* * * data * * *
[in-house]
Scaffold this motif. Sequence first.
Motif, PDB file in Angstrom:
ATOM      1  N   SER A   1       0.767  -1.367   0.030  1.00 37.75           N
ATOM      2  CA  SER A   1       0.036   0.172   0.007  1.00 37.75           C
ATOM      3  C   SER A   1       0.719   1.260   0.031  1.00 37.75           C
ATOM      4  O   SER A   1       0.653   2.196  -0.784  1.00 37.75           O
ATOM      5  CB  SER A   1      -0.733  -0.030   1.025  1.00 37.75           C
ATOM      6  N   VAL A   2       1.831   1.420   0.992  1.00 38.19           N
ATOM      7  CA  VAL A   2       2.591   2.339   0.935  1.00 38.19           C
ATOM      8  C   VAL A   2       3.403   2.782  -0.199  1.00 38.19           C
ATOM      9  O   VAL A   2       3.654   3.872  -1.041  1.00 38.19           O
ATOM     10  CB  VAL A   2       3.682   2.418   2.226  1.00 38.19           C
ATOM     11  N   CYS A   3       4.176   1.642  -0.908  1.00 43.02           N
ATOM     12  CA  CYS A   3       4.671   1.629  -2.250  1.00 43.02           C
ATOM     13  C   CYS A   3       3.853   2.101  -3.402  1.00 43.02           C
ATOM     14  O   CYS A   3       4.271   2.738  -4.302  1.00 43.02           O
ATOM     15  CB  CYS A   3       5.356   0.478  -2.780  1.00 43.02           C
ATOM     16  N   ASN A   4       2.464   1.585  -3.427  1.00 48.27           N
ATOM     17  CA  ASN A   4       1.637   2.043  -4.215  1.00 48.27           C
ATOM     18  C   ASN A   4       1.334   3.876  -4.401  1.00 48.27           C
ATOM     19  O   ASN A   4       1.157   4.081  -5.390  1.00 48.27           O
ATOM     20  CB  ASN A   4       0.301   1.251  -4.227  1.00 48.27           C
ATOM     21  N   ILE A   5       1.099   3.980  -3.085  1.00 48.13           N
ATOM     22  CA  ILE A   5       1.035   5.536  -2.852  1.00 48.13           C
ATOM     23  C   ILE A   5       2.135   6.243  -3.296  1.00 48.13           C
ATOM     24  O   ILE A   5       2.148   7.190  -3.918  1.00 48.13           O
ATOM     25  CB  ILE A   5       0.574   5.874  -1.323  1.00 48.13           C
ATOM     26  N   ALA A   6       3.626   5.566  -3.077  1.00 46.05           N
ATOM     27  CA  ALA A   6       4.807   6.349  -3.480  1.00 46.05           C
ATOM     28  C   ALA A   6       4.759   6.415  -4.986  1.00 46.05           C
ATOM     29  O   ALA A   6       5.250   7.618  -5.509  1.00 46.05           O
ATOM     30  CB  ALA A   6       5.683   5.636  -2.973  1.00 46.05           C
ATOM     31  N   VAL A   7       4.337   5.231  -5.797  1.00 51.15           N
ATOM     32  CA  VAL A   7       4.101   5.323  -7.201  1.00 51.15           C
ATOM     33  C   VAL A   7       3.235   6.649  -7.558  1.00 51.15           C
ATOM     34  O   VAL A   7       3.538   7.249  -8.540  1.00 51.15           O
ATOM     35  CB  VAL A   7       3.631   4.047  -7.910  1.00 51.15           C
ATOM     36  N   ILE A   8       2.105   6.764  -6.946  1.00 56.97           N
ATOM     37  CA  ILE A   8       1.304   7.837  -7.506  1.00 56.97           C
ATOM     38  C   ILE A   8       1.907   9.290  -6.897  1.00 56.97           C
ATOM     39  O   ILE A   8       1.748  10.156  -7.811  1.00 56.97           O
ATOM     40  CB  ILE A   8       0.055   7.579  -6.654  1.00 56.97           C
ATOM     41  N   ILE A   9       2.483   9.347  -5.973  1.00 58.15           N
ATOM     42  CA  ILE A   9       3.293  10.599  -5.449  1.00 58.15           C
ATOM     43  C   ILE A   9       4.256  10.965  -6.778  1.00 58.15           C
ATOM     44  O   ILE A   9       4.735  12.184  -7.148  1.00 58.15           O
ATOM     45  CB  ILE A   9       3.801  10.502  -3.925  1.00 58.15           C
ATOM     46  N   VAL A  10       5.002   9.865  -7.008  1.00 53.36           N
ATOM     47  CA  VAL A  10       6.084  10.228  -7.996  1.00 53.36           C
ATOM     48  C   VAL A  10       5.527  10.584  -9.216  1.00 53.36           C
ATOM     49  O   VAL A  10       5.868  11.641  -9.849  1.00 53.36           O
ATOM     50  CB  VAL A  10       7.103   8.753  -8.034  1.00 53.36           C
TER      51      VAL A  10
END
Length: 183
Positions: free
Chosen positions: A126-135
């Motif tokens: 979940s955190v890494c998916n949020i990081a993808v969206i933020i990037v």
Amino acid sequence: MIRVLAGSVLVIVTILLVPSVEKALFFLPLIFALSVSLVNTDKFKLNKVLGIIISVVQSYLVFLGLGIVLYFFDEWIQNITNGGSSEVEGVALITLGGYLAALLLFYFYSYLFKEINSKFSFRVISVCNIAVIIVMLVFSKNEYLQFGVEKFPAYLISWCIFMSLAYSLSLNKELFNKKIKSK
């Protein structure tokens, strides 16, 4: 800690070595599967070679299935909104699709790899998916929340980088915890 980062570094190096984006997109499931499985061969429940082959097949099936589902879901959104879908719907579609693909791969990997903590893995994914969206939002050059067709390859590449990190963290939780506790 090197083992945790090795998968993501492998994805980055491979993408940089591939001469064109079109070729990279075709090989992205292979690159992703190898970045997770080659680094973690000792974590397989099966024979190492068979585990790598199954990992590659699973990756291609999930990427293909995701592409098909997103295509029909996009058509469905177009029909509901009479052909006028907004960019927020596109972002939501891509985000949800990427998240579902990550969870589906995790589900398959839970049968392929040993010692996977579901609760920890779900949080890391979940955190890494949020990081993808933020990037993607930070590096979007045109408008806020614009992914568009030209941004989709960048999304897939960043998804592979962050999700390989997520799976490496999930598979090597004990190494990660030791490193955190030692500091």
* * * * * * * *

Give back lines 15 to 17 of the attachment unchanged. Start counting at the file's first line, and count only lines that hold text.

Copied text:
ATOM     12  CA  CYS A   3       4.671   1.629  -2.250  1.00 43.02           C
ATOM     13  C   CYS A   3       3.853   2.101  -3.402  1.00 43.02           C
ATOM     14  O   CYS A   3       4.271   2.738  -4.302  1.00 43.02           O